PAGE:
Even writing in a journal is considered too stressful for her. I can’t even imagine going through postpartum depression and having no one to talk to and nothing to do but sit in your own mind day after day, hour after hour. The surrounding characters aren’t outwardly cruel, they are just ignorant and following the advice of the times. However, their ignorance made me cringe and it was even worse because a lot of women’s issues are still brushed under the rug even today.

Setting (4/5): The whole story takes place at a rural country estate. Most of the story focuses on the bedroom the young woman and her husband stay in and the ugly dilapidated wallpaper that the room is covered in.

Writing Style (4/5): I actually liked this a lot. The writing style was easy to read, had a very light ironic tone to it that I enjoyed. This does seem very ahead of its time and is a good addition to classic literature that talks about women’s rights and health. I have read a number of books about how women of this time were treated when they showed “mental instability” and it’s absolutely fascinating, upsetting and atrocious. I am so glad that some of Gilman’s works are gaining more notoriary.

My Summary (4/5): Overall this is a very well done short story and has a big impact for the small page space it takes up. I found it to be an entertaining, fascinating, and sad read about the state of women’s health in the late 1800’s, early 1900’s. Sadly a lot of these issues around things like postpartum depression are still not taken seriously by many people even today. Would recommend this, it’s an easy and quick read and is well done. I also really enjoyed the short preface that gives an overview of Gilman’s life and her written works. ( )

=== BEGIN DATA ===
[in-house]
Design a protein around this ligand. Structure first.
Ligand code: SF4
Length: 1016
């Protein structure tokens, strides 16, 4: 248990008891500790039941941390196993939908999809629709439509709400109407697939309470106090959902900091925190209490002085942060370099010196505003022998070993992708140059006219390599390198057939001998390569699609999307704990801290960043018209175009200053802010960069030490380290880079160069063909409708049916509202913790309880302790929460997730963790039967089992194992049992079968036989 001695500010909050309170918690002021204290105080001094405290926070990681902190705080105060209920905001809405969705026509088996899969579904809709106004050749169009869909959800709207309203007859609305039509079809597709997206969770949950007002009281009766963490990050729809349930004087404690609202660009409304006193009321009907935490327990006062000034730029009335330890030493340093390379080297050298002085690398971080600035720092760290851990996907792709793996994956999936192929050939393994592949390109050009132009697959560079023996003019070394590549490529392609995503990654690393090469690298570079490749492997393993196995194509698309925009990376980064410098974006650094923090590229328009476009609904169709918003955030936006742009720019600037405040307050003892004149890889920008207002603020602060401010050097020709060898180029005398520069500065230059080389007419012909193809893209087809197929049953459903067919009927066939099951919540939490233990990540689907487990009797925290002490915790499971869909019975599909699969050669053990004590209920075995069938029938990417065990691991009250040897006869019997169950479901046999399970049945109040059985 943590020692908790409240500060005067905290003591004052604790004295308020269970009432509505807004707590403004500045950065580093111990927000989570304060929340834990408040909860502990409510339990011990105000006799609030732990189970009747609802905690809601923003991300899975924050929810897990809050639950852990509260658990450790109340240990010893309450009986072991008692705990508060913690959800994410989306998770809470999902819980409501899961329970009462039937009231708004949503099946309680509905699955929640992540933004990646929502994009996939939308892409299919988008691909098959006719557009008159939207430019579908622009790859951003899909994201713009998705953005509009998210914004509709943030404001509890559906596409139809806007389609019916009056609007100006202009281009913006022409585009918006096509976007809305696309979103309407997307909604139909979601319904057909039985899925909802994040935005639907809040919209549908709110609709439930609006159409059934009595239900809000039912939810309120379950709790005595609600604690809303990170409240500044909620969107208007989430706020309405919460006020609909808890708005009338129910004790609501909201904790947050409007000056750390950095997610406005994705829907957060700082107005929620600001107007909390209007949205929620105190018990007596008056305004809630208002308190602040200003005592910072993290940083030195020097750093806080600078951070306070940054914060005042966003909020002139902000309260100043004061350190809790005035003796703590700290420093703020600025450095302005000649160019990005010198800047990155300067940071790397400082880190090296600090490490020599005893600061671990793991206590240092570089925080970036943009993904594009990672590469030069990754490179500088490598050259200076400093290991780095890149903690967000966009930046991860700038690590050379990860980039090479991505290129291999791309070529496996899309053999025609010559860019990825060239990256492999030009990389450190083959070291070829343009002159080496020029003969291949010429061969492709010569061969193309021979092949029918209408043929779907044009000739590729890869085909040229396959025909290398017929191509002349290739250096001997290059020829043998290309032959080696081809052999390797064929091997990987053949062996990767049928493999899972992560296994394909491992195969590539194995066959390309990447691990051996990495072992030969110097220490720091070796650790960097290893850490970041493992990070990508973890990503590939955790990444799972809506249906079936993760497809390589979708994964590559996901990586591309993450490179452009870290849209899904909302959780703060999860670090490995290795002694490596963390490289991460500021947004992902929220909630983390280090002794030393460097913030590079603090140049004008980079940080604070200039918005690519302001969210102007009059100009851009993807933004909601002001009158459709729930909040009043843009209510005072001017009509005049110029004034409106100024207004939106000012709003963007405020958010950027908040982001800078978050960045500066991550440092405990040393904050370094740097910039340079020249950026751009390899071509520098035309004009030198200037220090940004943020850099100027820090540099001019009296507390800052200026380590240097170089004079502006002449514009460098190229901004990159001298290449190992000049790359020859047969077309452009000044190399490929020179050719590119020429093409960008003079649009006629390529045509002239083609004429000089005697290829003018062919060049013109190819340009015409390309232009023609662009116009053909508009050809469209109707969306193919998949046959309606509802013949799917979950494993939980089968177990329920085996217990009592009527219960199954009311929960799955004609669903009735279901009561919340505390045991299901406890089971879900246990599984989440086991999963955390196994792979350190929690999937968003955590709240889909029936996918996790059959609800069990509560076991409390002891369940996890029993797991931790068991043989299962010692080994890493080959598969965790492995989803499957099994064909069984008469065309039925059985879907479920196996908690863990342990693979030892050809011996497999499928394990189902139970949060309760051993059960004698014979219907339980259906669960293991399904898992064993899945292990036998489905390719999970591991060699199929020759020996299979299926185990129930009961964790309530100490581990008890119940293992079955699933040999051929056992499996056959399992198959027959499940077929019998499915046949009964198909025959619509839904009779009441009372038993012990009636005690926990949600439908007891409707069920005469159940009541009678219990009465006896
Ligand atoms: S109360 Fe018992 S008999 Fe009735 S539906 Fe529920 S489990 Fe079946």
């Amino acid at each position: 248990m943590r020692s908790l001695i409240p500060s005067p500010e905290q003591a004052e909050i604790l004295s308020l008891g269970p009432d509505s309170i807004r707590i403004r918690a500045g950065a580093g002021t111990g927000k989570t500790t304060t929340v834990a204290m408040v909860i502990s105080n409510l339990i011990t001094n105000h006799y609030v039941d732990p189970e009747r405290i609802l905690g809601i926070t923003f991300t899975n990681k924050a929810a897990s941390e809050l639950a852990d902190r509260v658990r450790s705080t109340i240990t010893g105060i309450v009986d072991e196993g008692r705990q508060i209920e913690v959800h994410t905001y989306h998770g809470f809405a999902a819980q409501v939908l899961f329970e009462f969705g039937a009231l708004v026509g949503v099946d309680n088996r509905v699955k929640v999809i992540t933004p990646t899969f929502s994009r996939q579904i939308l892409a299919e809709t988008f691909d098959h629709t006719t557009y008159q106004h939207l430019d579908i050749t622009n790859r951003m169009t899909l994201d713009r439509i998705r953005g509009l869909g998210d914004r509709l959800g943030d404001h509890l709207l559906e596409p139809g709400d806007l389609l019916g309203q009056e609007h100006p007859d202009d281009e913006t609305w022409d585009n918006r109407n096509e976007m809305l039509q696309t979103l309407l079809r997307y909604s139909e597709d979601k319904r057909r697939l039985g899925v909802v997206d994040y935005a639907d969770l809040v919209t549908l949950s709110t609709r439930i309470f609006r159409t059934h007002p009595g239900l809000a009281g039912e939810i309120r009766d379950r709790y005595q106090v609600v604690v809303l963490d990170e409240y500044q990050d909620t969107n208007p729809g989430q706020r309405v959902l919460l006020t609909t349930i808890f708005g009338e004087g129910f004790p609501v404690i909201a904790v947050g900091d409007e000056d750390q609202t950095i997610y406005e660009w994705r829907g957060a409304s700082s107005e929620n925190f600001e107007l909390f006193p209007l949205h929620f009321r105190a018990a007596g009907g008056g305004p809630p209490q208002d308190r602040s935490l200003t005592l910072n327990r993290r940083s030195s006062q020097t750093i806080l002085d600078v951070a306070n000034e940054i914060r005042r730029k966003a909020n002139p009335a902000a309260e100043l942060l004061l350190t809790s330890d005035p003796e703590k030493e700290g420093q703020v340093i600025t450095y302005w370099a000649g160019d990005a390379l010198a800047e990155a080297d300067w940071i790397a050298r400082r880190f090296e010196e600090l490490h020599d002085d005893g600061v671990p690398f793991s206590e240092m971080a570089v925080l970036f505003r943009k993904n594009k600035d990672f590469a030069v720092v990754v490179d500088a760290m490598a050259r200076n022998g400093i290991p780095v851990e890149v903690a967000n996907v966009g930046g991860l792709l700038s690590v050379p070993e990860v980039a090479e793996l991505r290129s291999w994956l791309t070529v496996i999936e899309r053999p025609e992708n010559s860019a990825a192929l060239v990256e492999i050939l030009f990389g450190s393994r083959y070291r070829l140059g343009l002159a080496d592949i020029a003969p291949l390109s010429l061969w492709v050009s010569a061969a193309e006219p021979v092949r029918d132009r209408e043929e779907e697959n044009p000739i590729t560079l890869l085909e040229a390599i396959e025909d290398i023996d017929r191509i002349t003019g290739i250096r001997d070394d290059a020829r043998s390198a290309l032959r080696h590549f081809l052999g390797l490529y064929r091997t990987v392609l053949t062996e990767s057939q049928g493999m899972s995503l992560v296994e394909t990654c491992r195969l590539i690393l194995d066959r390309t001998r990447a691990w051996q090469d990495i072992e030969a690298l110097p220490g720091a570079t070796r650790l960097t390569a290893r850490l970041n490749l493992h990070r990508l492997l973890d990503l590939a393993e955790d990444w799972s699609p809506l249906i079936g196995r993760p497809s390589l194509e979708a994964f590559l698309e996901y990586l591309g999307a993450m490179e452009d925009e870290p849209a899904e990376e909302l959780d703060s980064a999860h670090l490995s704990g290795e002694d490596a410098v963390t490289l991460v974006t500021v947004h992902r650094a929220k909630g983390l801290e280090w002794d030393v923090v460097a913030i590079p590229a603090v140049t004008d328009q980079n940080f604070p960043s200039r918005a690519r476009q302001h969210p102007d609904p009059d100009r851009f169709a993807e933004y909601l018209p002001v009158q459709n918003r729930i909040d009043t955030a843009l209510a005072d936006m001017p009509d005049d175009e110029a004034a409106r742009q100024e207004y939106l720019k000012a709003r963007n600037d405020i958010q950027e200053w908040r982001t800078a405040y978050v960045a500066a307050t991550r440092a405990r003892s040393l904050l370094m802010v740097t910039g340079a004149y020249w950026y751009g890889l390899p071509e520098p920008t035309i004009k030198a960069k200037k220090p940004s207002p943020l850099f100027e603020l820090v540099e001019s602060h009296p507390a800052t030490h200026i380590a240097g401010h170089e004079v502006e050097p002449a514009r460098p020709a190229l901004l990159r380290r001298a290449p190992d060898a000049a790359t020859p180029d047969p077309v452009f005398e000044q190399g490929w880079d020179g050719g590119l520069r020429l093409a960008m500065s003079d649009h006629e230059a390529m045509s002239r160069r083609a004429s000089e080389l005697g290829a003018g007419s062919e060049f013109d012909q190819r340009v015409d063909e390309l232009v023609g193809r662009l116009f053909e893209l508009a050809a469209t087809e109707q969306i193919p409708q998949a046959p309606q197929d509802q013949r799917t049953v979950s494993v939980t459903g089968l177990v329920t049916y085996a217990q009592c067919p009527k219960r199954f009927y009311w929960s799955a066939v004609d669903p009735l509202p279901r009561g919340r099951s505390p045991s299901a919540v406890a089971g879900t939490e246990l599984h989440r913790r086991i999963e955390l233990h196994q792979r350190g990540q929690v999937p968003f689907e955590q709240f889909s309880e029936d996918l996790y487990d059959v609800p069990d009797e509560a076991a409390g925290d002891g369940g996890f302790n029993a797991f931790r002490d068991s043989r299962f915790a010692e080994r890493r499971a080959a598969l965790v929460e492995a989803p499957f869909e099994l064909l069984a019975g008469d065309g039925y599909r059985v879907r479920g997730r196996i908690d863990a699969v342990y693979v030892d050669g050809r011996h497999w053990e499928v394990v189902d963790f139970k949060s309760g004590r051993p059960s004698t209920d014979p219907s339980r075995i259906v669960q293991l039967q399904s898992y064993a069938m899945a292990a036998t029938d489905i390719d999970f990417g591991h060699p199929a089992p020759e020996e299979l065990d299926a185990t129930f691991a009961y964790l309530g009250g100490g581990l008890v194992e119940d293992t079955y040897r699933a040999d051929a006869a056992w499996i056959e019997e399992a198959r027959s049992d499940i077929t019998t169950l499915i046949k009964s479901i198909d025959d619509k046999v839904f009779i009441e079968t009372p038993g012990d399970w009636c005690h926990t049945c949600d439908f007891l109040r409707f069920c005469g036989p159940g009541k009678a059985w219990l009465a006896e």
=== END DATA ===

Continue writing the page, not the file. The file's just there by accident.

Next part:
krau0098 | Jan 18, 2021 |
I remember reading this in my Women in Fiction class in my sophomore year and loving it. The final line of the book has always stuck with me as being one of the creepiest final sentences ever written. I re-read it this October to kick of the Halloween season and was not at all disappointed - the story held the same power and that final sentence - pure shivers. ( )
  tattooedreader13 | Aug 27, 2020 |
This book was written by a woman who was depressed and sent to the country to rest. The woman wants to be a writer, but her husband and doctor feel that she just needs to rest and relax so that she can get back home to her children. But instead of resting, she is confined to a room in a house with "hideous" yellow wallpaper where she descends into madness.